Senate Bill S.1 Poses No Threat To Bloggers?By Paul McDougall
Jan. 18, 2007
Chris Rock: 'I Want to Live in a World Where An Equal Amount of White Kids Are Shot Every Month - I Want to See White Mothers On TV Crying'
Tucker: Psychiatric Drugs, Social Alienation, Broken Families, War On Men More Relevant Than Gun Control
Swamp Drains Itself: Top GOP Donor Al Hoffman Jr. Says He Won't 'Write Another Check' Without Gun Ban
Florida School Shooter IDed as 19-Yr-Old Nikolas Cruz
Student: There 'Had To Be Two Shooters' Because I Talked With Suspect Shortly After Shots Were Fired
Note: This article is propaganda (Read Brian Miller's Comment below). Richard Viguerie of Grassrootsfreedom.com is likely a shill and an opportunist but the bill is still an attack on free speech.My colleague Mitch Wagner and some other journalists have picked up on a report by an organization called Grass Roots Freedom that a Senate bill designed to bring transparency to the lobbying process could result in the jailing of political bloggers. Did you know that the bill does not even mention the words "blog" or "blogger"? There's also a couple of things you should know about "Grass Roots Freedom."
As Mitch reports on his own blog entry, Grass Roots Freedom says Senate bill S. 1 "would require grassroots causes, even bloggers, who communicate to 500 or more members of the public on policy matters, to register and report quarterly to Congress the same as the big K Street lobbyists" or face time in the slammer.
As Bill O'Reilly might say: Folks, that's just spin. First off, as I mentioned, the bill itself contains no reference to blogs or bloggers. What it does cover are paid lobbying activities, which include "paid efforts to stimulate grassroots lobbying, but do not include grass roots lobbying," according the text of the bill itself. It also indicates that the lobbyist must be receiving at least $25,000 per quarter from a client to fall under the "paid" definition.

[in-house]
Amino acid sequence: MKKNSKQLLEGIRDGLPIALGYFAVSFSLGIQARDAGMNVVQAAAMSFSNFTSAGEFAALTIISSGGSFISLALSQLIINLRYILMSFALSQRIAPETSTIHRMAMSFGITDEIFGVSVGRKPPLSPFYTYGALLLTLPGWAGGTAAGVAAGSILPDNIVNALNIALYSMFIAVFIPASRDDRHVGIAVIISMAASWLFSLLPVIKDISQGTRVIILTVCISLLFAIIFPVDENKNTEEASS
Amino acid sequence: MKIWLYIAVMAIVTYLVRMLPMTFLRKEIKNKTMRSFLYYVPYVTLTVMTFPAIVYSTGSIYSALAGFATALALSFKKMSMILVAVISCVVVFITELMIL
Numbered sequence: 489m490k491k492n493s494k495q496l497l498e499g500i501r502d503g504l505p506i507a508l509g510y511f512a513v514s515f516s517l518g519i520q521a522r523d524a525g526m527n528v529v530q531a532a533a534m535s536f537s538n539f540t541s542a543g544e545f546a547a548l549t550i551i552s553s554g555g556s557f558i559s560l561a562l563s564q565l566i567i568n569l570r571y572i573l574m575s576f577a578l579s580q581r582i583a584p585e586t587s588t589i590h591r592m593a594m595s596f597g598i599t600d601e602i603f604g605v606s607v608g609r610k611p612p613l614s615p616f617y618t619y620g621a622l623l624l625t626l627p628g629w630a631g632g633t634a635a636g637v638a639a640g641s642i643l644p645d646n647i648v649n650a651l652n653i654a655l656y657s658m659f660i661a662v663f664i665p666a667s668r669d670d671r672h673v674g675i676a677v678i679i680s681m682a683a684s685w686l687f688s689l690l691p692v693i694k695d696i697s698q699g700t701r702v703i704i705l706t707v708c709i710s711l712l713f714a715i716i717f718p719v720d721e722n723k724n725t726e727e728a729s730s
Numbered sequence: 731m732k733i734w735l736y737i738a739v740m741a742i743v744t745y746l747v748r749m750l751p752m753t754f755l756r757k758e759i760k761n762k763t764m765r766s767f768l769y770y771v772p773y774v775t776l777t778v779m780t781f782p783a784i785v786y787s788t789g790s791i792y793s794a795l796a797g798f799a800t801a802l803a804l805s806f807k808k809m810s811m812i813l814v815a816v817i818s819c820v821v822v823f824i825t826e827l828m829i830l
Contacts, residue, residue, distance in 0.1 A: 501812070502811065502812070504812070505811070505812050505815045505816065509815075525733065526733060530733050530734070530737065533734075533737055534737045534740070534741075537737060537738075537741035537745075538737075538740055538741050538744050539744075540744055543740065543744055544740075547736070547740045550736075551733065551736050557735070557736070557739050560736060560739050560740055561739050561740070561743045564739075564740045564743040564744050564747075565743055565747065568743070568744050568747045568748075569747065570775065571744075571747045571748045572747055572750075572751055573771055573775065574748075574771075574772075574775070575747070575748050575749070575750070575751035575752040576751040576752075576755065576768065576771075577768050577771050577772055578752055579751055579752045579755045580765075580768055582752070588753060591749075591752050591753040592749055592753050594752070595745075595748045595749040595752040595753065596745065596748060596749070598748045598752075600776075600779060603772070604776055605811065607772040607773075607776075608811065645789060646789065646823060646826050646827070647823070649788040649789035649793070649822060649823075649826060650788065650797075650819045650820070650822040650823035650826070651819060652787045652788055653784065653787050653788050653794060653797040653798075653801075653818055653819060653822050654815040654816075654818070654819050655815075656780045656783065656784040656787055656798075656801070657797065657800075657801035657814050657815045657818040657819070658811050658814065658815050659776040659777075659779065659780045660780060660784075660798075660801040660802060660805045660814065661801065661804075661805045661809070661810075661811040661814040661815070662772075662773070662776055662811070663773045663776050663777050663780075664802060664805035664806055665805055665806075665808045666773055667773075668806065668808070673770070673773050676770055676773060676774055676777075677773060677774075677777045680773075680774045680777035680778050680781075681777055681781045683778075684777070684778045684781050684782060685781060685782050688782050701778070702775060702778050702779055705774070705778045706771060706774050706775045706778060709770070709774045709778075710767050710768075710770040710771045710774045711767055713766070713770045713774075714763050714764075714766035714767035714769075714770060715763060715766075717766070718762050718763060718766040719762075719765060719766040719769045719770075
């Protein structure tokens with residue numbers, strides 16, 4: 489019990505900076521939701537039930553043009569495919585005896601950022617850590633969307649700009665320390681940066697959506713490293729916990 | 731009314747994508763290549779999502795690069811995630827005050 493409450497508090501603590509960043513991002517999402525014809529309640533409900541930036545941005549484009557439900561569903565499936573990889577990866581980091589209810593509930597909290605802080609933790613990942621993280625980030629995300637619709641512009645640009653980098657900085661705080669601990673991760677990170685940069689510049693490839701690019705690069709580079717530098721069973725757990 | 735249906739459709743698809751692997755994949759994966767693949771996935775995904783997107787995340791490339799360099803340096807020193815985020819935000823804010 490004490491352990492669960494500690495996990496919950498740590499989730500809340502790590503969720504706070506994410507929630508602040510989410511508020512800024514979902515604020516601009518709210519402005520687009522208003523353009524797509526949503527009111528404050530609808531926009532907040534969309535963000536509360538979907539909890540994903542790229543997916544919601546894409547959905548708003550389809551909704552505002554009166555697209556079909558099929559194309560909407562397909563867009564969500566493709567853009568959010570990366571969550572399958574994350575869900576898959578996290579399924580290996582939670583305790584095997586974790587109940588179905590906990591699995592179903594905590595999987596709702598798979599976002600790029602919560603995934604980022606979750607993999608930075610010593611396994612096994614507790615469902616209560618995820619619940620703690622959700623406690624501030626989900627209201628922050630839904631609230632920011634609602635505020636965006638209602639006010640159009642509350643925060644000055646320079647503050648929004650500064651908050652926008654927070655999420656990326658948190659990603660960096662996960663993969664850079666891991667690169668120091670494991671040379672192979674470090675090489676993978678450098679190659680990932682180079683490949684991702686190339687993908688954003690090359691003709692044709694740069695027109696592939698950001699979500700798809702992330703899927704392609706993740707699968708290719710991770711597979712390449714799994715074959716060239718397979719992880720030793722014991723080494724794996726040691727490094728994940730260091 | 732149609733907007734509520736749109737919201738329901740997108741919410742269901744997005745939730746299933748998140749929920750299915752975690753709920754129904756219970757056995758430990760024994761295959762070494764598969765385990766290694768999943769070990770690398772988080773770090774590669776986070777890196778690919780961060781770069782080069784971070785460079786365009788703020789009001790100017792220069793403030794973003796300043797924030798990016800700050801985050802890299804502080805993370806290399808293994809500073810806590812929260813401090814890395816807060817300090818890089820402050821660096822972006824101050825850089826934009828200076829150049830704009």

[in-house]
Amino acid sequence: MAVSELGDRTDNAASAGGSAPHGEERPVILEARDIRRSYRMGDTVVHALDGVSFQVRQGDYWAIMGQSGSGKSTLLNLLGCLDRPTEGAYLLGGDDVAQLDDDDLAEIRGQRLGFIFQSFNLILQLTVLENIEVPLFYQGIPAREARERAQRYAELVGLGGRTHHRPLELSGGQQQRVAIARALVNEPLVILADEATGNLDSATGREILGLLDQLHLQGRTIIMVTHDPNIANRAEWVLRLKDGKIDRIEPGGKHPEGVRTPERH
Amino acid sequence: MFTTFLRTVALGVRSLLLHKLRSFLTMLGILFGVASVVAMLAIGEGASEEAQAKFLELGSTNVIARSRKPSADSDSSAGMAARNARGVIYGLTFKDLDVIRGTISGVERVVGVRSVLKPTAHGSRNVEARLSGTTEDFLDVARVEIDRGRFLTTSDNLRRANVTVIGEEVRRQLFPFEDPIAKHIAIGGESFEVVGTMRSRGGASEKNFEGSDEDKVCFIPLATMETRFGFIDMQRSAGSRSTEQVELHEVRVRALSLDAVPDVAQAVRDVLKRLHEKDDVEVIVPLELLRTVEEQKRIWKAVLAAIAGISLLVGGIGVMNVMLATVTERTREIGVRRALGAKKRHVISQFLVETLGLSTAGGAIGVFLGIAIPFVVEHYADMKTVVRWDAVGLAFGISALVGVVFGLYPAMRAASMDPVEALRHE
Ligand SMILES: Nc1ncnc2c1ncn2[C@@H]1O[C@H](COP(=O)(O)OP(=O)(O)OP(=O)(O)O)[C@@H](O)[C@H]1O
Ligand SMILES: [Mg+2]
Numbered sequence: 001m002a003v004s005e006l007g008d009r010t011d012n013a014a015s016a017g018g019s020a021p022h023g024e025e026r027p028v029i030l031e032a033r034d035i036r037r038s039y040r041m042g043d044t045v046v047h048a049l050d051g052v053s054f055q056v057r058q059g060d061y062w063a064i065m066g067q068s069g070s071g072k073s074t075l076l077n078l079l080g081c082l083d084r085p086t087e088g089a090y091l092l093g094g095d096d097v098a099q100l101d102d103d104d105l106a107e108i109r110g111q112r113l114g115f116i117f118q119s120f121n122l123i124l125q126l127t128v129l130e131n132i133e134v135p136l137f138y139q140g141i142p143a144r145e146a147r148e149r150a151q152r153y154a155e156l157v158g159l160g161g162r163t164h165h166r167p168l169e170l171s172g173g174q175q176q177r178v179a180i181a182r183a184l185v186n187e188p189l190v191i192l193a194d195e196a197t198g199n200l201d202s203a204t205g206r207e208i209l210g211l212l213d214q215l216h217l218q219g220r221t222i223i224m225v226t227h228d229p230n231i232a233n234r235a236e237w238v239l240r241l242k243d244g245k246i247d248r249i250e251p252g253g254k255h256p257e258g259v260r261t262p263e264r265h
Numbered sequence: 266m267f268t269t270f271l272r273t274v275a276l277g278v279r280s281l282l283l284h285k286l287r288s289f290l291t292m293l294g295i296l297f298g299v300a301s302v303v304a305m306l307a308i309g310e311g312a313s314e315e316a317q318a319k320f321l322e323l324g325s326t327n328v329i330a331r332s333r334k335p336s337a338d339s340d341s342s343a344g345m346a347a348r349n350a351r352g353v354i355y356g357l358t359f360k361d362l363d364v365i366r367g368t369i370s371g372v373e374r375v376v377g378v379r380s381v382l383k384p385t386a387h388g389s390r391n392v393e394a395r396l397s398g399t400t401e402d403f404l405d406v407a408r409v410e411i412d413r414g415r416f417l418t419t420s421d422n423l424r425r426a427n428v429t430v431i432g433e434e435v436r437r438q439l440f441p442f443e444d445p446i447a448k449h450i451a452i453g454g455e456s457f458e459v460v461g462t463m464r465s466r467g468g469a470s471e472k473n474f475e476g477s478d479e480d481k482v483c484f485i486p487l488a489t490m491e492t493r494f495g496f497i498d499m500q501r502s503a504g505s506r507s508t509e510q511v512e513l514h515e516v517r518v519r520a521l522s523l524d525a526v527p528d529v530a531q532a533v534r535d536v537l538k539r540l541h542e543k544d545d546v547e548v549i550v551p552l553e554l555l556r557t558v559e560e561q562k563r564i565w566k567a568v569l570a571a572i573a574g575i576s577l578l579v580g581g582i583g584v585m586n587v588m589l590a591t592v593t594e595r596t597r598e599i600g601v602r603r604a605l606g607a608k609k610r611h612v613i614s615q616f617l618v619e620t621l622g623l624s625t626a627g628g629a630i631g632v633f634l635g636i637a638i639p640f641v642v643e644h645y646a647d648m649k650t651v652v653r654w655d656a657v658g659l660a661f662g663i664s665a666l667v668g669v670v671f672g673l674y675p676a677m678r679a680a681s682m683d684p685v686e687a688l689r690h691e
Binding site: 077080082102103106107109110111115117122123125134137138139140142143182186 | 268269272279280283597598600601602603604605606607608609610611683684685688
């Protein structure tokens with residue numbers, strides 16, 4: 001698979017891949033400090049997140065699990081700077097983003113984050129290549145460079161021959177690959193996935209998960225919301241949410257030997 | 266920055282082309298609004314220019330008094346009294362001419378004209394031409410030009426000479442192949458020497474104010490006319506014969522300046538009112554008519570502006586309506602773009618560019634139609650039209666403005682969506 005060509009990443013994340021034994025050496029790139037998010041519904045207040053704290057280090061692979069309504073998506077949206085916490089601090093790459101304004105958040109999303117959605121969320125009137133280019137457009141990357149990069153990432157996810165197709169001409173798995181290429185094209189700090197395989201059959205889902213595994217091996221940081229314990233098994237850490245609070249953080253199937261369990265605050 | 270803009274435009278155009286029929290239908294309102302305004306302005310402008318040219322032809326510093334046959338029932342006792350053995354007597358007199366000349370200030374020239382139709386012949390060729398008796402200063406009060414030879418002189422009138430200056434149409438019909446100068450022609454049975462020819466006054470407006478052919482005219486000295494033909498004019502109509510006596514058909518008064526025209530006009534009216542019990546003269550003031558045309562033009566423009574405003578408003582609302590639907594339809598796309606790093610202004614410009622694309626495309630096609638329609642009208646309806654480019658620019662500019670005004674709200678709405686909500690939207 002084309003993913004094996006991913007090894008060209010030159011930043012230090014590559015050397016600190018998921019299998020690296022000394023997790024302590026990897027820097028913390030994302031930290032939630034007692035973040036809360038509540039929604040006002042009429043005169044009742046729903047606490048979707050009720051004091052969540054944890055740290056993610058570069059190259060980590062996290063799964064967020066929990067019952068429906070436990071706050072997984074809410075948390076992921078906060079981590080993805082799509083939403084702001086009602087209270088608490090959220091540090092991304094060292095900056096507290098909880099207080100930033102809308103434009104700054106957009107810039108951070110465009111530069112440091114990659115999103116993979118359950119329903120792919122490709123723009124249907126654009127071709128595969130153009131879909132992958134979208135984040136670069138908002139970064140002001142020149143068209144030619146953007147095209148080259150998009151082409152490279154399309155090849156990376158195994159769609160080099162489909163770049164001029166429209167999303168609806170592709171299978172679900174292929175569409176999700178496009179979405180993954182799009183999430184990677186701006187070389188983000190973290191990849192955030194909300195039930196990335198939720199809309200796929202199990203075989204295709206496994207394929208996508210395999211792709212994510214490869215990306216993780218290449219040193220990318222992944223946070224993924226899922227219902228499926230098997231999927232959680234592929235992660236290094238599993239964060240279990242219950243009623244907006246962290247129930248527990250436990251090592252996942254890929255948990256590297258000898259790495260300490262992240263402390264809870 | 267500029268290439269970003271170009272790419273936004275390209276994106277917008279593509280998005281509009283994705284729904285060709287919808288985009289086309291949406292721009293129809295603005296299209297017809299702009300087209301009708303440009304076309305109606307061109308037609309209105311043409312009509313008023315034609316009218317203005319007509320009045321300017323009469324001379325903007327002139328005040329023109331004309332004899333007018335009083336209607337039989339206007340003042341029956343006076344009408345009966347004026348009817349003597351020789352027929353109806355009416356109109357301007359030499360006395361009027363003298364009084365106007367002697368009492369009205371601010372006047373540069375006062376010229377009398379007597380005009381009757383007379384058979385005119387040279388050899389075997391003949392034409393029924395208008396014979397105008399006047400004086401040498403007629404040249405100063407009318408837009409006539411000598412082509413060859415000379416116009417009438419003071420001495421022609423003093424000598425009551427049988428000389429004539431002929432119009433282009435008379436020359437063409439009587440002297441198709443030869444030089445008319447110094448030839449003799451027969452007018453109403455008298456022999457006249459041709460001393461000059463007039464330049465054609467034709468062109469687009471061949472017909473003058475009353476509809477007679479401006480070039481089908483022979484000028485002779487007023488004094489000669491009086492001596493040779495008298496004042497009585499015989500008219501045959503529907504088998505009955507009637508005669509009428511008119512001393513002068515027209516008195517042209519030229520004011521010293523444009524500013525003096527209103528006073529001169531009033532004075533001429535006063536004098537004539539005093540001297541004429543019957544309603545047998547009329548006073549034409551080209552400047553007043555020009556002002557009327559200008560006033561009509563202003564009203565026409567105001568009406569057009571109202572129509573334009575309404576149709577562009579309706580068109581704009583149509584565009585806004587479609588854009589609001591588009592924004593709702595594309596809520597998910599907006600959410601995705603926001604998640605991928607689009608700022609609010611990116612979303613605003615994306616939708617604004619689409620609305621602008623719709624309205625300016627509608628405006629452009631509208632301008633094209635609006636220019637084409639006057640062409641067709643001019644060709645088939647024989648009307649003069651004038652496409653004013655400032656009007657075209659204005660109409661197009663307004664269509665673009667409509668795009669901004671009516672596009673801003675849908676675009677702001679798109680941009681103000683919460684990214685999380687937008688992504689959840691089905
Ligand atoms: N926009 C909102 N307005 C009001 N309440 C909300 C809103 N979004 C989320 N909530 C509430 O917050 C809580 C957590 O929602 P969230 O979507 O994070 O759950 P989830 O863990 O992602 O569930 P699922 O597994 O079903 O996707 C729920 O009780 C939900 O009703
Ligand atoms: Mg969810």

So, sure. If a blogger is receiving what amounts to a six-figure annual salary from a client, say, Acme River Pollutants, Inc., to write blogs urging people to form a campaign to stop, say, a clean water act, then that blogger would have to register as a lobbyist or face the penalties set out in the bill.
(Note that if the blogger was simply opposing the act he or she would not fall under the bill's definition of a lobbyist. He or she would have to be urging other people to organize and oppose.)
So the notion that this would apply to individual bloggers who use the Web to disseminate their opinions or report news is pure nonsense. But don't take my word for it, read the bill yourself, it's The Legislative Accountability and Transparency Act of 2007.
Oh, and about Grass Roots Freedom? If you think it's an organization with a long tradition of promoting civil disobedience or something like that, you'd be wrong. According to Internet records, GrassRootsFreedom.com did not exist until December 11, 2006.
And its chairman, Richard Viguerie? He's also chairman of something called American Target Advertising, to which the site GrassRootsFreedom.com is registered. And he also hosts a conservative Web forum called ConservativeHQ.com.
Are you getting the picture? Blog on.